I've never seen a single good looking male in said grocery store for years, but all of a sudden, there he was. Bending over some Tyson's Chicken in the meat aisle. A total dreamboat. Unfortunately for me, my mother was examining the chicken as well. I've always thought there was something about chicken that brings people together. So while she stood there comparing two whole chickens and absentmindedly asking me which one I thought looked plumper, I stood gazing at Mr. Tyson Chicken. He wore a hideous white baseball cap that no doubt was covering a head full of unbrushed, unkempt, and unruly hair. But I dismissed any repulsion I might have had for Mr. Tyson Chicken's hair because it's summer, and everyone gets scruffy in the summer.
Right when I was beginning to get carried away with romantic thoughts of a long, lazy, midnight stroll on the beach with Mr. Tyson Chicken, my mother calls me to her attention so that she could loudly question whether this was the same chicken we had for dinner last week. I scan quickly at the half-domesticated poultry in her hand and nod with a grunt of affirmation. When I turn around to look for Mr. Tyson Chicken, he had disappeared. It was like one of those Scream movies where Neve Campbell would turn around and the killer would disappear. Needless to say, I was crestfallen.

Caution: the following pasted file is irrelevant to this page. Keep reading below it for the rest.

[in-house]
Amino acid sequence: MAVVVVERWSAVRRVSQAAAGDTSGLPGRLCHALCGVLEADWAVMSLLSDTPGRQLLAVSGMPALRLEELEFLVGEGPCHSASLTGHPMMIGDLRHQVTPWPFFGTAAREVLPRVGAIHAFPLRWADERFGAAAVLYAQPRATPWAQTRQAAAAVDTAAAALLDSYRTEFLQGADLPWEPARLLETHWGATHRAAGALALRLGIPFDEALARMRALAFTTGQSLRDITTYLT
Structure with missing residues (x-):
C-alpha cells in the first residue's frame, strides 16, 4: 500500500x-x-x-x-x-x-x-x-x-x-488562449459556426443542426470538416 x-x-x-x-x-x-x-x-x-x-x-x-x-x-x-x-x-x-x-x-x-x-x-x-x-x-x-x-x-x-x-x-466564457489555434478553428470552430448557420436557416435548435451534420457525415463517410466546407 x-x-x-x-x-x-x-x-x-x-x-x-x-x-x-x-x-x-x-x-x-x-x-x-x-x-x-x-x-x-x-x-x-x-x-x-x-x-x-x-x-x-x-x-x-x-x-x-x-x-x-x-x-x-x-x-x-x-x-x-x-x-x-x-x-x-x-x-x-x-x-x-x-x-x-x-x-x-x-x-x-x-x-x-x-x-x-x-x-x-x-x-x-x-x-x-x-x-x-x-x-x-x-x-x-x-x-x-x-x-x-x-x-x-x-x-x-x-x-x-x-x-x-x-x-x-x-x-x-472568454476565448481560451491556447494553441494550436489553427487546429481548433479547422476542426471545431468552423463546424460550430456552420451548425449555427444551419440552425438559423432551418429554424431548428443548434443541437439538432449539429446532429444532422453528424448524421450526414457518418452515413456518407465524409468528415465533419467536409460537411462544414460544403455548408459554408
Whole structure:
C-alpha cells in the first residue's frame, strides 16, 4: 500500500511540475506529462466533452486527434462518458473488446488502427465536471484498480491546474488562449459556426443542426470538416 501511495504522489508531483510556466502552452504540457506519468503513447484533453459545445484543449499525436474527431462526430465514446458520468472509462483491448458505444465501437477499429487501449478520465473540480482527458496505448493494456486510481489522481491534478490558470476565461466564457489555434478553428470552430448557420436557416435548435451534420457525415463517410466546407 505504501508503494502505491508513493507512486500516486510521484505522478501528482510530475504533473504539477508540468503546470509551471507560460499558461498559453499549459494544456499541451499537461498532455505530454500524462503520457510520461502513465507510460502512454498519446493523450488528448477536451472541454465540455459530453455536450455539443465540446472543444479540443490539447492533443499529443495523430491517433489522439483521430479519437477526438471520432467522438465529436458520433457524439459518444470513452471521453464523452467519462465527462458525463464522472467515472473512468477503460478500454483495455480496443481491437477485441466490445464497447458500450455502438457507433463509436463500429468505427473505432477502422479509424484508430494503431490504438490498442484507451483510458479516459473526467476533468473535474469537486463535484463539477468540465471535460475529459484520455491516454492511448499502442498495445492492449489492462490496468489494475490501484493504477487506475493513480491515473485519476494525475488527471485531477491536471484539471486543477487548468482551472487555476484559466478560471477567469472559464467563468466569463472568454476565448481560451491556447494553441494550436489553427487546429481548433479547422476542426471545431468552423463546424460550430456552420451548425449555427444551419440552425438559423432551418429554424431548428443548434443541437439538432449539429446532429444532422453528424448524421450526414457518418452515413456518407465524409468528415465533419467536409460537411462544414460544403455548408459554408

I blame my wistful gazes at cute strangers on my wholesome asian upbringing. Maybe if my parents weren't always there and watching my every move, I would feel less asphyxiated by their proximity. Who knows? But I guess there are millions of men and women out there who are also afraid of confrontation, so in the end, all that is left is a sea of longing glances and shy smiles.